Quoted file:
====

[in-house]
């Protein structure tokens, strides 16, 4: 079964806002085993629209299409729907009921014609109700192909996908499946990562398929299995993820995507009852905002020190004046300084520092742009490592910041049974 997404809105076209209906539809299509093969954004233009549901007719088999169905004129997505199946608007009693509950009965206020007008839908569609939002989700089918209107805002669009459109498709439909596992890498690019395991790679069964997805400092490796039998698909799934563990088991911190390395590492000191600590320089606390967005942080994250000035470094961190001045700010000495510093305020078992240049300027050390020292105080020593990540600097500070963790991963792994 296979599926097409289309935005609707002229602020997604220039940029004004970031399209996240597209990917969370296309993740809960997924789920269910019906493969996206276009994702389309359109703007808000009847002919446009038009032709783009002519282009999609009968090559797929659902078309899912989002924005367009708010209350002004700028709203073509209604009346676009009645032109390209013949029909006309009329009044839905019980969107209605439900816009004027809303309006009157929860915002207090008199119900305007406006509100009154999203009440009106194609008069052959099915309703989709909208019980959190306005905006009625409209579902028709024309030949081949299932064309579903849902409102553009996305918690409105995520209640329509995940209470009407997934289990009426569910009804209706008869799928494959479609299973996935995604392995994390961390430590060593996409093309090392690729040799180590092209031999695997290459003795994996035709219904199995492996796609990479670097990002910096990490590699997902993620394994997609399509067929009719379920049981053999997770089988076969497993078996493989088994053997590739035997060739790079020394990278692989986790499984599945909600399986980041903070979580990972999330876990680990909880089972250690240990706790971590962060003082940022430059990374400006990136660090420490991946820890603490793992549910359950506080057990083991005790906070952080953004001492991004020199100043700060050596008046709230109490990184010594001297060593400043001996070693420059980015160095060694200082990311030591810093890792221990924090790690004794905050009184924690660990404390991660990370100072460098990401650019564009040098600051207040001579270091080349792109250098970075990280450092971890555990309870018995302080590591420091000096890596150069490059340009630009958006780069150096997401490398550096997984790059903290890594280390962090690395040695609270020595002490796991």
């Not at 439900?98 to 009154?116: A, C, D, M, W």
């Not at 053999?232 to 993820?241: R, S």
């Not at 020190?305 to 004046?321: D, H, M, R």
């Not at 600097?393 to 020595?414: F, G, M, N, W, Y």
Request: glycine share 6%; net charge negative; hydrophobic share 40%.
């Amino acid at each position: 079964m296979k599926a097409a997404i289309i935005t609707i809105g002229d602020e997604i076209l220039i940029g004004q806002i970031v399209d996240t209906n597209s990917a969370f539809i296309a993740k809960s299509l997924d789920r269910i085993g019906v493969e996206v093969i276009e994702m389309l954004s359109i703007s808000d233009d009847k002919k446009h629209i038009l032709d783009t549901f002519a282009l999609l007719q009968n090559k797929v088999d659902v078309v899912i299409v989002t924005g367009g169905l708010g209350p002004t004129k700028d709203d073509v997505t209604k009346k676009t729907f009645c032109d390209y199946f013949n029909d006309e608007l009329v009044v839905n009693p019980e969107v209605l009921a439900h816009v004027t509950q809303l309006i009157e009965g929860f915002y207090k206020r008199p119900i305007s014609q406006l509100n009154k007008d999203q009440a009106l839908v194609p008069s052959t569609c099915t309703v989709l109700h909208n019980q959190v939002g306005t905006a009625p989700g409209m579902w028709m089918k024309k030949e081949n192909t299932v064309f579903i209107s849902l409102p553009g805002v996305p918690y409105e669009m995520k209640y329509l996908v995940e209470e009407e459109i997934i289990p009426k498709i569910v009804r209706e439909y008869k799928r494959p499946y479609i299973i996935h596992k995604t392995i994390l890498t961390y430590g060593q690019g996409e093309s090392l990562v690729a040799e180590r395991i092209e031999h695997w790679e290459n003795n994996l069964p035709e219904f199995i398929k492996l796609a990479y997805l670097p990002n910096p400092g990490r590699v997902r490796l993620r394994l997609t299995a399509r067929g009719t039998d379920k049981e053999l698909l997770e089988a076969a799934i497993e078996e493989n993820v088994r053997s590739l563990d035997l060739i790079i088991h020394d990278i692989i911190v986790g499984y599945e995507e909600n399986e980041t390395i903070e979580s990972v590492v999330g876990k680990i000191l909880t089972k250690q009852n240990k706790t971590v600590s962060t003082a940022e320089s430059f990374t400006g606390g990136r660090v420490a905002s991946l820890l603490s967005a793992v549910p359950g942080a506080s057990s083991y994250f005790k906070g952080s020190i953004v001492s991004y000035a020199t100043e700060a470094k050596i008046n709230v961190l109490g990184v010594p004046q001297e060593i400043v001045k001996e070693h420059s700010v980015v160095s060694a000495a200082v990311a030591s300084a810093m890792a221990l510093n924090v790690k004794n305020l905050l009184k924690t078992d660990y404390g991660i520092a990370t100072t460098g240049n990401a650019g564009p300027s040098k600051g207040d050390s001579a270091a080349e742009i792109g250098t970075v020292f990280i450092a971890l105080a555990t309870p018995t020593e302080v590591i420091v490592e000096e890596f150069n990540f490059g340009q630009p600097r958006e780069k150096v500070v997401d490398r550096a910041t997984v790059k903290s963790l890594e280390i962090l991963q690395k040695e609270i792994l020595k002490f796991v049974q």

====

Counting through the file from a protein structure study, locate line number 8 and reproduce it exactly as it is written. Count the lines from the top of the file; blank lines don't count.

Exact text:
């Amino acid at each position: 079964m296979k599926a097409a997404i289309i935005t609707i809105g002229d602020e997604i076209l220039i940029g004004q806002i970031v399209d996240t209906n597209s990917a969370f539809i296309a993740k809960s299509l997924d789920r269910i085993g019906v493969e996206v093969i276009e994702m389309l954004s359109i703007s808000d233009d009847k002919k446009h629209i038009l032709d783009t549901f002519a282009l999609l007719q009968n090559k797929v088999d659902v078309v899912i299409v989002t924005g367009g169905l708010g209350p002004t004129k700028d709203d073509v997505t209604k009346k676009t729907f009645c032109d390209y199946f013949n029909d006309e608007l009329v009044v839905n009693p019980e969107v209605l009921a439900h816009v004027t509950q809303l309006i009157e009965g929860f915002y207090k206020r008199p119900i305007s014609q406006l509100n009154k007008d999203q009440a009106l839908v194609p008069s052959t569609c099915t309703v989709l109700h909208n019980q959190v939002g306005t905006a009625p989700g409209m579902w028709m089918k024309k030949e081949n192909t299932v064309f579903i209107s849902l409102p553009g805002v996305p918690y409105e669009m995520k209640y329509l996908v995940e209470e009407e459109i997934i289990p009426k498709i569910v009804r209706e439909y008869k799928r494959p499946y479609i299973i996935h596992k995604t392995i994390l890498t961390y430590g060593q690019g996409e093309s090392l990562v690729a040799e180590r395991i092209e031999h695997w790679e290459n003795n994996l069964p035709e219904f199995i398929k492996l796609a990479y997805l670097p990002n910096p400092g990490r590699v997902r490796l993620r394994l997609t299995a399509r067929g009719t039998d379920k049981e053999l698909l997770e089988a076969a799934i497993e078996e493989n993820v088994r053997s590739l563990d035997l060739i790079i088991h020394d990278i692989i911190v986790g499984y599945e995507e909600n399986e980041t390395i903070e979580s990972v590492v999330g876990k680990i000191l909880t089972k250690q009852n240990k706790t971590v600590s962060t003082a940022e320089s430059f990374t400006g606390g990136r660090v420490a905002s991946l820890l603490s967005a793992v549910p359950g942080a506080s057990s083991y994250f005790k906070g952080s020190i953004v001492s991004y000035a020199t100043e700060a470094k050596i008046n709230v961190l109490g990184v010594p004046q001297e060593i400043v001045k001996e070693h420059s700010v980015v160095s060694a000495a200082v990311a030591s300084a810093m890792a221990l510093n924090v790690k004794n305020l905050l009184k924690t078992d660990y404390g991660i520092a990370t100072t460098g240049n990401a650019g564009p300027s040098k600051g207040d050390s001579a270091a080349e742009i792109g250098t970075v020292f990280i450092a971890l105080a555990t309870p018995t020593e302080v590591i420091v490592e000096e890596f150069n990540f490059g340009q630009p600097r958006e780069k150096v500070v997401d490398r550096a910041t997984v790059k903290s963790l890594e280390i962090l991963q690395k040695e609270i792994l020595k002490f796991v049974q």